Educated at Trinity College Dublin, the University of Oxford and as a Fulbright Scholar at the Peabody Institute of the Johns Hopkins University, he subsequently went on to become Head of the Keyboard Faculty of the Royal Irish Academy of Music. Between 2015 and 2018, he was the Head of Piano and Keyboard Instruments at Trinity Laban Conservatoire of Music and Dance in London and continues to serve on the faculty of both these institutions.
A devoted chamber musician, he has collaborated with numerous artists at different times, from Hakan Hardenberger to the Vanbrugh String Quartet, from Pekka Kuusisto to singers such as Robin Tritschler and Claudia Boyle. He is one of the regular artists that attends the International Piano Week in Montepulciano, Tuscany, and is co-founder of the New Lights Festival in London – a festival devoted to contemporary currents in music. In 2020 he became a Philip Loubser Fellow and has recently set up a new multi-media initiative called the Glass Bead Studio, which develops dramatic new presentations of music within film, recording and art-installation. For more information, see www.petertuite.org.
Tanja Tetzlaff’s gift for interpreting music with class and refinement as both a chamber musician and Soloist, sets her out as one of the most noteworthy cellists of her generation. Tanja Tetzlaff’s trademark is her broad repertoire and desire for new, ground-breaking concert layouts, going beyond classical music performances, including other art forms and dealing with current events. She plays the standard works of cello literature as well as compositions from the 20th and 21st centuries of which she is particularly fond of, these include concertos by John Casken, Witold Lutosławski, Jörg Widmann, and Bernd Alois Zimmermann.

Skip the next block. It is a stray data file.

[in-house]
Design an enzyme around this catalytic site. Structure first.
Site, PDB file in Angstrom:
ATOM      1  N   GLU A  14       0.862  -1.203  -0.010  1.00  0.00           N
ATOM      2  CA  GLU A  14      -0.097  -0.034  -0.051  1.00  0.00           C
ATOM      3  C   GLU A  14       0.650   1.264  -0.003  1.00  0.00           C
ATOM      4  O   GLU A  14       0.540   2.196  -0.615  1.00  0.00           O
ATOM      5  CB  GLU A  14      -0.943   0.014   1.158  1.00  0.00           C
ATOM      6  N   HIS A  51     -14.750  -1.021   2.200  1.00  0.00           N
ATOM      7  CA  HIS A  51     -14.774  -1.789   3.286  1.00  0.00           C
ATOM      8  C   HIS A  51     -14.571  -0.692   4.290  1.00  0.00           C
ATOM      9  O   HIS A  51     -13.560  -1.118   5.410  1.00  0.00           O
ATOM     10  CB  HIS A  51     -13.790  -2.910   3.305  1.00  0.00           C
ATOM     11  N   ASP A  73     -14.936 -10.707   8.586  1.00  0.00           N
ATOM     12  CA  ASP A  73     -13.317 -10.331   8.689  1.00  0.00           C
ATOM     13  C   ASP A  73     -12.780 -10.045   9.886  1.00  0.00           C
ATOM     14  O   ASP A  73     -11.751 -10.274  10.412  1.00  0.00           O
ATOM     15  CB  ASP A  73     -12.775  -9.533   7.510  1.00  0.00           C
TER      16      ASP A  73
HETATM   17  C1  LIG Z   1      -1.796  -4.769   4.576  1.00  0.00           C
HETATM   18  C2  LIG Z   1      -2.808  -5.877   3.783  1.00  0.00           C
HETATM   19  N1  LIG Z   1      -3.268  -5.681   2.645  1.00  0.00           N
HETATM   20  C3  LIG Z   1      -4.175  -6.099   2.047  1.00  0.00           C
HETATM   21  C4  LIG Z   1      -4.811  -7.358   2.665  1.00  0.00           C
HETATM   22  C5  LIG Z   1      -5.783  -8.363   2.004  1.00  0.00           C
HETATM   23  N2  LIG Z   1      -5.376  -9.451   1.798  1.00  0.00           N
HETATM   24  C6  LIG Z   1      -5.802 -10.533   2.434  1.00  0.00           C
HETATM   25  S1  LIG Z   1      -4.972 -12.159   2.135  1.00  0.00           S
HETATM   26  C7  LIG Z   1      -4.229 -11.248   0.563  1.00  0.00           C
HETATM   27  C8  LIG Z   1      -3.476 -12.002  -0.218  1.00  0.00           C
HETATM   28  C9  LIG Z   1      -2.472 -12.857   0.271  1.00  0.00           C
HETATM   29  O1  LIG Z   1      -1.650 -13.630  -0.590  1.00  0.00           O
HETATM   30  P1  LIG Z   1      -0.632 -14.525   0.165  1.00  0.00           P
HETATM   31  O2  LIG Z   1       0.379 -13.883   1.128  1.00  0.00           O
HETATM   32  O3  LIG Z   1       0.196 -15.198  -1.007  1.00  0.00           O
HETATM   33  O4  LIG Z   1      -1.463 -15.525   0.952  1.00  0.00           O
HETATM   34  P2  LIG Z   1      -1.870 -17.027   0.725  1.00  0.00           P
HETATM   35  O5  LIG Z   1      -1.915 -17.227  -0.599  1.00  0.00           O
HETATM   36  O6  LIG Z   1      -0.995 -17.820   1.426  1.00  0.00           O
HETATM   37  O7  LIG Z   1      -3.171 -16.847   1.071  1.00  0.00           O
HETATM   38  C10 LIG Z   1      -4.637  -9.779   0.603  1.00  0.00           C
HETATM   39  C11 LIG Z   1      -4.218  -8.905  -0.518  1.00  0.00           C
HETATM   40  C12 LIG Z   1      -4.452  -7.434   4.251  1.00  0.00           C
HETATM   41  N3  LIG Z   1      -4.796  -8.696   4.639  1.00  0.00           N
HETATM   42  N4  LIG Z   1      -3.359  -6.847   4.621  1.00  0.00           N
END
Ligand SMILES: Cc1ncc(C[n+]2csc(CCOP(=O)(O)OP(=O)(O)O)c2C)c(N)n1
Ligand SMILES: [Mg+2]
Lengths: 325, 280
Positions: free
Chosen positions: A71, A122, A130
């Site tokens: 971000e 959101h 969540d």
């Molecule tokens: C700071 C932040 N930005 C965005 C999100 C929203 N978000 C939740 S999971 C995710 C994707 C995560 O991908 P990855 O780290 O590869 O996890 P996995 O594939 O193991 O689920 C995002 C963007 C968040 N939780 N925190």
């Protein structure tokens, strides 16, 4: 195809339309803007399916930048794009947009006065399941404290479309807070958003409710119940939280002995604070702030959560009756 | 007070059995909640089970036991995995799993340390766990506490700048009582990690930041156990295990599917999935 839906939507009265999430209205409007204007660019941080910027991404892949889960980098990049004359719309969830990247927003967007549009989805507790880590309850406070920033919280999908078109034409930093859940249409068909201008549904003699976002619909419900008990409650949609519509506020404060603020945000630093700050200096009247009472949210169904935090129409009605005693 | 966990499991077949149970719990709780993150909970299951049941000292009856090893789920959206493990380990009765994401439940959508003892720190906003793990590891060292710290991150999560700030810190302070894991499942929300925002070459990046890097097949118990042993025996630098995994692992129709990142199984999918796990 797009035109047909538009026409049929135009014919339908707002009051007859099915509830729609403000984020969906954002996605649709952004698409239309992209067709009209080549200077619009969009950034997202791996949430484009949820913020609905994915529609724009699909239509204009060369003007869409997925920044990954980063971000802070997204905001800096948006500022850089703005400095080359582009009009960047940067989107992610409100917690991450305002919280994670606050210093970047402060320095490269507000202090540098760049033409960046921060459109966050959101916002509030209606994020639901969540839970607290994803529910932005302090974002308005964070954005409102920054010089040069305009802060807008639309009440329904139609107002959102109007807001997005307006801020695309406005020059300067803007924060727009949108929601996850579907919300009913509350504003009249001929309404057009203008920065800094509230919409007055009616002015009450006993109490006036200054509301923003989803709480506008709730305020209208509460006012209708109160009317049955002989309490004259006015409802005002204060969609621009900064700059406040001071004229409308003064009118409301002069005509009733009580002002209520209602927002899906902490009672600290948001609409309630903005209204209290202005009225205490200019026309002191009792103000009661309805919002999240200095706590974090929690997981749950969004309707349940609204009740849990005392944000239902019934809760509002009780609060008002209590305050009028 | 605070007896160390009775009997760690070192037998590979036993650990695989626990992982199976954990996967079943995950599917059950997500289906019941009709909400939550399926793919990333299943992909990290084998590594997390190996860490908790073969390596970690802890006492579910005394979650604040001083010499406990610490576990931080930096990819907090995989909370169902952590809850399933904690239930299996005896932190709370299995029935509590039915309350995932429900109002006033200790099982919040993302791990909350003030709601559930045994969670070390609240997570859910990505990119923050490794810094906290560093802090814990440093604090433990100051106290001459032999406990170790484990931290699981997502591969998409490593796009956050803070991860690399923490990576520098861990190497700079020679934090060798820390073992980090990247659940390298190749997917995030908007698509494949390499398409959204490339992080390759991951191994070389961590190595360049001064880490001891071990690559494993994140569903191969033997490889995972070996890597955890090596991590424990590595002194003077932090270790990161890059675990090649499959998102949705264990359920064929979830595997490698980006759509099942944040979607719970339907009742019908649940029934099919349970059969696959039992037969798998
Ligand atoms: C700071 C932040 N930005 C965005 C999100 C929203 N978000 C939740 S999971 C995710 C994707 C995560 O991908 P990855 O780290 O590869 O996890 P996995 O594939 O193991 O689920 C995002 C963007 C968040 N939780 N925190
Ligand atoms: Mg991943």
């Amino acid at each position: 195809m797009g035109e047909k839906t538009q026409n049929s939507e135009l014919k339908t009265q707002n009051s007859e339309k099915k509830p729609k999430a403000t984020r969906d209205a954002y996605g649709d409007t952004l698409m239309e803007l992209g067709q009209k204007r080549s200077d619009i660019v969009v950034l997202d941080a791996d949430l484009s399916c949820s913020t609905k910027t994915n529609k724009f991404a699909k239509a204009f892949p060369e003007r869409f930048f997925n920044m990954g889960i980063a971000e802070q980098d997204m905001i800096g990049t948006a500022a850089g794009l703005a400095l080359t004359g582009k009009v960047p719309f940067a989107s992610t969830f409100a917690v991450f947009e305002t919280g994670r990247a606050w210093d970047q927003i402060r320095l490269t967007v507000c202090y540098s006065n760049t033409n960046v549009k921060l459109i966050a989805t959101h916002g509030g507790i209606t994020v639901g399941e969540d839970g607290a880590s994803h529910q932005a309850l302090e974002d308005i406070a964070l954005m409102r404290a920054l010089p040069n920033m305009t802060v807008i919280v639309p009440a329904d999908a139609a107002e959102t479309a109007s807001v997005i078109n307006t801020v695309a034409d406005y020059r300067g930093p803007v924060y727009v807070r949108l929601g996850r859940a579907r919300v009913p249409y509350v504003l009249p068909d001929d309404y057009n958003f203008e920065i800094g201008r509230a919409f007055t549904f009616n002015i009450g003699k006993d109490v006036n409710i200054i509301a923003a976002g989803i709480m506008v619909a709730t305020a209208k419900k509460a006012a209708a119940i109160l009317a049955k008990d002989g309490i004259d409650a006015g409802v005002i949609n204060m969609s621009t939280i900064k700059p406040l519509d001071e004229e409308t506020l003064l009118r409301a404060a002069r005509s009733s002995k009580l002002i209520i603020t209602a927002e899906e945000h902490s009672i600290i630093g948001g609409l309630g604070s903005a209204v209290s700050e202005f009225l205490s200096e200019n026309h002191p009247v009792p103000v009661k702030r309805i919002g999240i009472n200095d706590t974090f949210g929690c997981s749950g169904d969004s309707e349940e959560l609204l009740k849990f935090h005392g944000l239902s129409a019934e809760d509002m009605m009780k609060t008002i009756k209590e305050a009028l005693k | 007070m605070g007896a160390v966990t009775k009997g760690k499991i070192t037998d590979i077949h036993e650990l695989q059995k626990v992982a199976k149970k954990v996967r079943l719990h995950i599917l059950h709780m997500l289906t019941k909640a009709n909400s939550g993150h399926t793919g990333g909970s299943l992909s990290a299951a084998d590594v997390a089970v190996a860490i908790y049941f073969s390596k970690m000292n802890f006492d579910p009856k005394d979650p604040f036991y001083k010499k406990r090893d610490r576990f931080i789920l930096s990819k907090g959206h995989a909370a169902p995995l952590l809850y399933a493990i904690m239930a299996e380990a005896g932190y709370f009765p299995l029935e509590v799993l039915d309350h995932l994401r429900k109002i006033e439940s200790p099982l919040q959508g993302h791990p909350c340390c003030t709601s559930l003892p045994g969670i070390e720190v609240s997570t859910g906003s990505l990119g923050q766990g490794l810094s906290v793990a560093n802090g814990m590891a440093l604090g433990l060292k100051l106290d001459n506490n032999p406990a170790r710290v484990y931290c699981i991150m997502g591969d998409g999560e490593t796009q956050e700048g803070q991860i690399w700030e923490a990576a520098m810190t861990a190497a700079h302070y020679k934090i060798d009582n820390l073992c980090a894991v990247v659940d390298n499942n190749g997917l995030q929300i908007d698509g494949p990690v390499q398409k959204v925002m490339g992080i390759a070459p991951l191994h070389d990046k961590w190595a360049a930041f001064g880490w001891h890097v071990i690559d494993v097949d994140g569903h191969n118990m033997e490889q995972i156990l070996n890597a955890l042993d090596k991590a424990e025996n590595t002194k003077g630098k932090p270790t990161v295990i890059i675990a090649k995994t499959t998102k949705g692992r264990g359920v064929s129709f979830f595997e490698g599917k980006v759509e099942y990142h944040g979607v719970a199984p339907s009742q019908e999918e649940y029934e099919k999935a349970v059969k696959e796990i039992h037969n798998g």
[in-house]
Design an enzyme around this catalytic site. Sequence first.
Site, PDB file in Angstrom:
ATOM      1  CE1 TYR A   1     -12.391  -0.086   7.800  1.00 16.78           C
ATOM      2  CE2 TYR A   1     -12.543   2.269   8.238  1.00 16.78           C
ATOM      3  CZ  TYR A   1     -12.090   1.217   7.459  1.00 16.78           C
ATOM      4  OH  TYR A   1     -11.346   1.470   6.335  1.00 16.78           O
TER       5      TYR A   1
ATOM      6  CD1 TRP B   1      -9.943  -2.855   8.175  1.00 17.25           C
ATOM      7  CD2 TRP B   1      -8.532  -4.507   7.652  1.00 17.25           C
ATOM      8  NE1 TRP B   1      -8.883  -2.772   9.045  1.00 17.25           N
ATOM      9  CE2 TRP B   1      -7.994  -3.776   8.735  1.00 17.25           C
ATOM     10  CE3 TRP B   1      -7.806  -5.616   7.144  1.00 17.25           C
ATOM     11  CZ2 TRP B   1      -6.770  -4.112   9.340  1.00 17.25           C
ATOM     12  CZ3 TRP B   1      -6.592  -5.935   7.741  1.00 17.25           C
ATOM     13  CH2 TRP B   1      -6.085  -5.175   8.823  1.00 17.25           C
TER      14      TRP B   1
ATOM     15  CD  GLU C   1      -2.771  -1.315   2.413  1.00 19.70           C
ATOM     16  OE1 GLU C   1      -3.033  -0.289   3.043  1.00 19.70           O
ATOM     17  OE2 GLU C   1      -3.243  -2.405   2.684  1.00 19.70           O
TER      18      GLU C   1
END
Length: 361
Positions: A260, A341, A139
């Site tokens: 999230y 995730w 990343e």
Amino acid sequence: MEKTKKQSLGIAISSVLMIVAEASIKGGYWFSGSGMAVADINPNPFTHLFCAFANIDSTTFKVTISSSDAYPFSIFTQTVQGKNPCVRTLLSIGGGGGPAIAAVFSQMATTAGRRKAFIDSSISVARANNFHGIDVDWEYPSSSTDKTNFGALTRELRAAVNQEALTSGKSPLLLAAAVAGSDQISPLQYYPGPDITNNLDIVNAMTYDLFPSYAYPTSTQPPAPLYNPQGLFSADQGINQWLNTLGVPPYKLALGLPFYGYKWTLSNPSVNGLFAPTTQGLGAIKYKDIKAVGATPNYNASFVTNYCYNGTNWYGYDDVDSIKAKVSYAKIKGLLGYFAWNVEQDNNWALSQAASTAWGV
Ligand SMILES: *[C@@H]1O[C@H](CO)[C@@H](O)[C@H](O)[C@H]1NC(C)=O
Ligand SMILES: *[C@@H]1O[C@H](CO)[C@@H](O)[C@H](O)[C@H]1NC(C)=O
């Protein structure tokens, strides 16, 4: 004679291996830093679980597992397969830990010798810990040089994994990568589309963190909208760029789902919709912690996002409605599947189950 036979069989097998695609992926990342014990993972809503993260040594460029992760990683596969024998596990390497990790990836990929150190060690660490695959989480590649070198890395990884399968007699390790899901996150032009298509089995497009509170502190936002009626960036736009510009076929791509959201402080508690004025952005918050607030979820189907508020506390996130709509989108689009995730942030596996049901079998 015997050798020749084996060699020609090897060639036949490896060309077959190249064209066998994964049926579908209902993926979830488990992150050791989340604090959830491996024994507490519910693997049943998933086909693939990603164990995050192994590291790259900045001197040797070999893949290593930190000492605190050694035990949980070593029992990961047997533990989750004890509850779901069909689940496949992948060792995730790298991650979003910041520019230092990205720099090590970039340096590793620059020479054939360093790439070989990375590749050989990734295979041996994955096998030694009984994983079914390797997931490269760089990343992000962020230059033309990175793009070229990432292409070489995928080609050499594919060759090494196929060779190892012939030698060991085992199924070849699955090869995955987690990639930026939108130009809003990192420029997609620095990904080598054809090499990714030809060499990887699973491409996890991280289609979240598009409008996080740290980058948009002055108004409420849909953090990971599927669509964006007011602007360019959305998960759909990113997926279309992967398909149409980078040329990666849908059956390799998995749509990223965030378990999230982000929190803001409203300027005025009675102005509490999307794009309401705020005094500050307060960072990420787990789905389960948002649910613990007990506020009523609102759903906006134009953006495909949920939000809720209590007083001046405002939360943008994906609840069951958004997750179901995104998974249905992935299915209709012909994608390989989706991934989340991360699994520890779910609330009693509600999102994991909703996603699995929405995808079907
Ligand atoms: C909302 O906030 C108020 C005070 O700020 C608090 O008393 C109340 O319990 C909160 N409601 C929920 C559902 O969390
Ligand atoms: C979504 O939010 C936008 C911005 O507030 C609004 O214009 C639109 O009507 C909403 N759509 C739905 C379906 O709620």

The Highlights of the 2020/21 season include a performance of the double concerto for Cello & Percussion by Rolf Wallin, Tetzlaff will be performing under the baton of Jaime Martin with the Gävle Symphony Orchestra in January 2021. Further solo performances with the Trondheim Symphony Orchestra, Belgrade Philharmonic as well as the Nationaltheater-Orchesters Mannheim are scheduled to follow. In the sphere of chamber music, Tetzlaff will continue her collaboration with her brother Christian, the Pianist Lars Vogt, as well as her husband Florian Donderer. Furthermore she will play as part of the Tetzlaff Quartett and will be collaborating with the Signum Saxophon Quartett at Philharmonie Köln, Elbphilharmonie, Kissinger Summer, Schwetzinger Festival, Albert Concert Freiburg, Nikolaisaal Potsdam and cultural hubs like London, Paris and Evian.